Intel stock tumbled over 2 percent today as revelations that current CEO Brian Krzanich had tendered his resignation, the Wall Street Journal reports. Krzanich had delivered his resignation to the board, which accepted said departure yesterday.
While various policies in corporate America regarding sexual or romantic relationships between co-workers are different in their scope and protective measures, it is not uncommon for those policies to deny such relationships between employees wholesale. The board at Intel, however, was crystal clear in their messaging surrounding the nature of this inappropriate relationship.
“An ongoing investigation by internal and external counsel has confirmed a violation of Intel’s non-fraternization policy, which applies to all managers,” the company laid out in a public statement. “Given the expectation that all employees will respect Intel’s values and adhere to the company’s code of conduct, the Board has accepted Mr. Krzanich’s resignation.”
Krzanich will also leave the board, according to CNBC. Intel will actively seek a replacement while appointing an interim CEO in the form of current CFO Robert Swan, a man who made his fame and fortune before joining Intel in 2016 by helming the reigns at another tech giant in eBay. Swan served the internet auction house as CFO before his migration to Intel.
The departure of Krzanich is not the only loss Intel has suffered in terms of staffing recently. Stacy Smith, long-time finance chief and later taking a turn heading up manufacturing, left the company last year. Kirk Skaugen, the former staffer in charge of client computing and one-time candidate to take over the big chair as CEO, departed Intel in 2016 and is currently employed by Lenovo Group. Finally, Diane Bryant, once head of Intel’s data-center group, jumped ship to Google to take a hand in their cloud computing business late last year.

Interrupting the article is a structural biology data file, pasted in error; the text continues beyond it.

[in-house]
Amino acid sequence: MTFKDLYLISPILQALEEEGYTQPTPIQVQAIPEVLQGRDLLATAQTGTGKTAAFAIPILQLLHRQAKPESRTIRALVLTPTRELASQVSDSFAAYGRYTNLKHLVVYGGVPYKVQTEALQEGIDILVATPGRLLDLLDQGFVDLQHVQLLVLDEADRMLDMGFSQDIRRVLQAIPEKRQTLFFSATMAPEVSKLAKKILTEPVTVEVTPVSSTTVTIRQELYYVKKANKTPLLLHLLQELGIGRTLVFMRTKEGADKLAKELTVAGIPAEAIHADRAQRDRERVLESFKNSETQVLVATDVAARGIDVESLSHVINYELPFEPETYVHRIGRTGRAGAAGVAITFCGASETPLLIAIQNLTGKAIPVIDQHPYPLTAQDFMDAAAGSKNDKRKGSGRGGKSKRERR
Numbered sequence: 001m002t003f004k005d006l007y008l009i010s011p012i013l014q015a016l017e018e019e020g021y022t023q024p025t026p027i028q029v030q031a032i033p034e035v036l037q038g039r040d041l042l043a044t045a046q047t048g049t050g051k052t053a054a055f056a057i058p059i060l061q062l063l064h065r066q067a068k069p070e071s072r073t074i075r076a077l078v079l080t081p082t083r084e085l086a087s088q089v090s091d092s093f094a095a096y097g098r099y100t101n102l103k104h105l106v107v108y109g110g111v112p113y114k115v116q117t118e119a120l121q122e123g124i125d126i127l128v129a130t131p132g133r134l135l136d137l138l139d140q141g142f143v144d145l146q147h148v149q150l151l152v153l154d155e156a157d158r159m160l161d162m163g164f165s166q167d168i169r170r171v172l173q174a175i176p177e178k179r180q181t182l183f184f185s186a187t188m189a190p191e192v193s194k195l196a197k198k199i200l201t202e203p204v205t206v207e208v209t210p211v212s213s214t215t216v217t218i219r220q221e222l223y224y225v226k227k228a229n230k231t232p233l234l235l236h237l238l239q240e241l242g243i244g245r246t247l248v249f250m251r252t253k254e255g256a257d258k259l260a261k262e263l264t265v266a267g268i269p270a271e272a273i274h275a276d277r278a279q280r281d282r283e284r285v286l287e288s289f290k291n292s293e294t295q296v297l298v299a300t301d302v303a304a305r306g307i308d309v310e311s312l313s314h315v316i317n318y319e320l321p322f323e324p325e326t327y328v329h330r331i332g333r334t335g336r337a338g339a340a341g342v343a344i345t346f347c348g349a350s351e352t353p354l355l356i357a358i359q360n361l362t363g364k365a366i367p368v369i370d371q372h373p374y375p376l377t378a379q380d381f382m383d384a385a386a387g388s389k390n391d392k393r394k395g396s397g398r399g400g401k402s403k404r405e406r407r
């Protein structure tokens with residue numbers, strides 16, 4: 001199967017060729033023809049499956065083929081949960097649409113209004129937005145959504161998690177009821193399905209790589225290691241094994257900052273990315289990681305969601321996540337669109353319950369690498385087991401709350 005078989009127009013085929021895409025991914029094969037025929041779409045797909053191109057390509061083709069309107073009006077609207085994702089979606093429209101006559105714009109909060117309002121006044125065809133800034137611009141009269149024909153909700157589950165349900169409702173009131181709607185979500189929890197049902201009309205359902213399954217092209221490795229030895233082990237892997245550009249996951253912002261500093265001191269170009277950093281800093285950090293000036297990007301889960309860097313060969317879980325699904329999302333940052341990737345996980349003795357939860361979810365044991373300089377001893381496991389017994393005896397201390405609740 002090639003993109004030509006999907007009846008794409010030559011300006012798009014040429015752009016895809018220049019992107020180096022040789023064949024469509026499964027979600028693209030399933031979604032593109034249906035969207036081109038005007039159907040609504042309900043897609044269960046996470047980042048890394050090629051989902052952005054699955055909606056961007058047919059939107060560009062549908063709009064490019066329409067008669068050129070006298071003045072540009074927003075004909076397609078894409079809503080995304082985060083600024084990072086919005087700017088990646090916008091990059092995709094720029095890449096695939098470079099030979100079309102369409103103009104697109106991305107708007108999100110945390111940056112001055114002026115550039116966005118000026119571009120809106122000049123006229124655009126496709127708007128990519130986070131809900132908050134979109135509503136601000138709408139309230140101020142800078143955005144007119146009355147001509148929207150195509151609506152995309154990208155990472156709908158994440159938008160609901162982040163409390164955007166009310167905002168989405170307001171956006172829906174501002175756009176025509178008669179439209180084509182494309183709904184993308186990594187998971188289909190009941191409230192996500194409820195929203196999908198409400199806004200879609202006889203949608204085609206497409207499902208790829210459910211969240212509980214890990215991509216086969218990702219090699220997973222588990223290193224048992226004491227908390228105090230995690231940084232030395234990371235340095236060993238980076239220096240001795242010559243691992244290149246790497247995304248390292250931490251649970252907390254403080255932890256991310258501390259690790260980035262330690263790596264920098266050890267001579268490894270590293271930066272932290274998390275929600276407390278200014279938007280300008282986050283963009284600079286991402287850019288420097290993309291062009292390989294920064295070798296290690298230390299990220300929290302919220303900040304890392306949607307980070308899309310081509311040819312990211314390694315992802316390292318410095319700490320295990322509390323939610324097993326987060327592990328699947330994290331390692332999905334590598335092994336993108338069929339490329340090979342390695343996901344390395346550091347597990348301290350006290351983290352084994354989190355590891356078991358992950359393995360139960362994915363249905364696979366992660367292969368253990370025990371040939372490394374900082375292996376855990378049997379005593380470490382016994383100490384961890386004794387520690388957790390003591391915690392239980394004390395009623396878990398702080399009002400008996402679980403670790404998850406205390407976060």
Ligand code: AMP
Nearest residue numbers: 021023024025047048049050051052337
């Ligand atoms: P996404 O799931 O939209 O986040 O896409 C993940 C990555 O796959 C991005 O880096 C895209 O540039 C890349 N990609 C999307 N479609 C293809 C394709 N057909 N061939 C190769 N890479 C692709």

Intel is facing a great deal of consumer competition from long-time rivals AMD, with AMD having increased their market share due to the relative success of their new Ryzen line of processors and a significant price delta between the Intel i-Series offerings and the AMD counterparts, according to Tom’s Hardware.
Stock projections for Intel continue to remain sunny, however, with today’s temporary drop being hand-waved away by most analysts on record, according to the WSJ– not including the relevant fact that Intel’s stock has soared since Krzanich took the helm in 2013, the share price has increased by a whopping 123 percent during the past five years.
The company recently released a financial forecast that exceeded industry expectations, with Intel adjusting expected earnings to 99 cents per share and a revenue of $16.9 billion. When polled by FactSet Research Solutions, a respected industry leader in financial metrics, analysts had predicted a forecast of adjusted earnings per share of 86 cents, and a total take of $16.3 billion in earned revenue.